Today is the sixteenth anniversary of my mother's death. The year 2001 looms large in my memory. Of course, the 9/11 attacks are an important memory for everybody. But it was also the year my mother died, the year I did a training course in the Allen Library archive (now defunct), and the year I began to work in UCD.
It's hard for me to remember my mother, because I feel so guilty for taking her so much for granted. It's hard to think of all the meals made, all the clothes washed, all the limitless work that goes into raising a child for which I never really showed appreciation. I think if she had lived a few years longer I would have shown appreciation. We lost her at the time I was most aimless and lost.
Because I was very withdrawn at this time, I was terrified of being considered a mammy's boy. I wasn't as close to her as I should have been for this reason. (The healthy response to that would have to become more outgoing and extroverted.)
A strange distance and embarrassment had grown up between us in her last years-- on my side, at least-- and I sometimes feel 'stuck' on this. Even when I speak to her in my prayers now, I feel this. I never really spoke to her as an adult, because even though I was in my early twenties when she died, I was more like a teenager-- and a particularly immature one at that.
She died of an extremely rare disease (in its fatal form, at least) called amyloidosis. She was in an out of hospital for years before she died. I also feel intensely guilty for not being as loving as I should have been in those years.
My mother was from Limerick. She had a rather strange childhood. Her father died young, and her mother remarried, but, although my uncle and aunt lived with their stepfather and my grandmother, my mother didn't. She went to live with an aunt in Blackrock, a well-heeled area of Dublin. I understand that my aunt was quite genteel.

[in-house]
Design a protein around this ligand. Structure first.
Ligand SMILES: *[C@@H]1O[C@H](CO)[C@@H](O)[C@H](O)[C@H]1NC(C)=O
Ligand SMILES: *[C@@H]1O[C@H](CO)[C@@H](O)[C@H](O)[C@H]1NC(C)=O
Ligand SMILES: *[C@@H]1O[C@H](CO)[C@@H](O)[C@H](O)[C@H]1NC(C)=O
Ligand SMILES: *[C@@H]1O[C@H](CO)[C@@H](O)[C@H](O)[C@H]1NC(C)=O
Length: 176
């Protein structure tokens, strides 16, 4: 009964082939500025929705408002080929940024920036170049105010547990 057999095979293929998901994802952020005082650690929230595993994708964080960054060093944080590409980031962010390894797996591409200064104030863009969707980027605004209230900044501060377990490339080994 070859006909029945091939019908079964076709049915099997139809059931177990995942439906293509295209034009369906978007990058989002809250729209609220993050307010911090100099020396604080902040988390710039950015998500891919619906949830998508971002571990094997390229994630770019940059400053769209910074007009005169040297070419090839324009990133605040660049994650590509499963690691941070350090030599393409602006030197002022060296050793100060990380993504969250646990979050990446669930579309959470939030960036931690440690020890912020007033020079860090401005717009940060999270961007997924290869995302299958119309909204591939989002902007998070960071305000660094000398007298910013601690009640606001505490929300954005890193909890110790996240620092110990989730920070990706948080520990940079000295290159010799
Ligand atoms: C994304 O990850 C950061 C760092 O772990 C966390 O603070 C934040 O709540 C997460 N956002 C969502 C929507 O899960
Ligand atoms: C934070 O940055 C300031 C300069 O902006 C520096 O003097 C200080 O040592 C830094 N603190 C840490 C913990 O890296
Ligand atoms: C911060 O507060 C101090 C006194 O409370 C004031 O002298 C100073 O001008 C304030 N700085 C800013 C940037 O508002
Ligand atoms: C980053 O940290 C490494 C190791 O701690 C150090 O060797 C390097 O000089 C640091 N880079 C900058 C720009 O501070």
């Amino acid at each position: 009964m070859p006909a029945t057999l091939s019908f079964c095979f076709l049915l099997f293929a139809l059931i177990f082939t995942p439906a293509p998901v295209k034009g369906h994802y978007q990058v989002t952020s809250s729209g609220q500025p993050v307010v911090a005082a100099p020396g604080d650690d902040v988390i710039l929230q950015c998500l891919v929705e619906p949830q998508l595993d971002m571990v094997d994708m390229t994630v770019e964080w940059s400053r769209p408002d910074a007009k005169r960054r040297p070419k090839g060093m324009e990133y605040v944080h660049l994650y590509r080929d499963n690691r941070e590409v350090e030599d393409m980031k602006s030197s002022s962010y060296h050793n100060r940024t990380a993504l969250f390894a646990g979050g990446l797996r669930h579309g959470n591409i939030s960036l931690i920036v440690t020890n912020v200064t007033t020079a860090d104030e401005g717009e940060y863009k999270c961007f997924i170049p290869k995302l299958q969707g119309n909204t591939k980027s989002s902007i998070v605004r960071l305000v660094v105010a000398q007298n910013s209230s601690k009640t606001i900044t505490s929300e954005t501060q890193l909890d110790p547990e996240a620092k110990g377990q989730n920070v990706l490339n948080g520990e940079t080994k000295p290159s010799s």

When I was a child, I had an excellent book called How to Hold a Crocodile, full of miscellaneous information. One article explained the different glasses to be used for different alcoholic drinks, and how far each should be filled. "I had to know all that stuff when I was a girl, when we had visitors", she told me. "Did you know how much to fill them?", I asked. "Oh, you always filled them all the way up", she said, laughing. Maybe they weren't that genteel.
I like to think of my mother's rural background. I have never been a very convicted Dubliner. I think the soul of a nation is in its countryside.
Recently, I saw a video clip of her that had been unearthed from a television archive. (She was in various community organisations in Ballymun and was being interviewed by a current affairs programme.) As we have no recordings of her I hadn't heard her voice for over a decade. I was amazed at the difference between the voice on the clip and the voice I remembered. It was much more cultured and much more rural than I remember.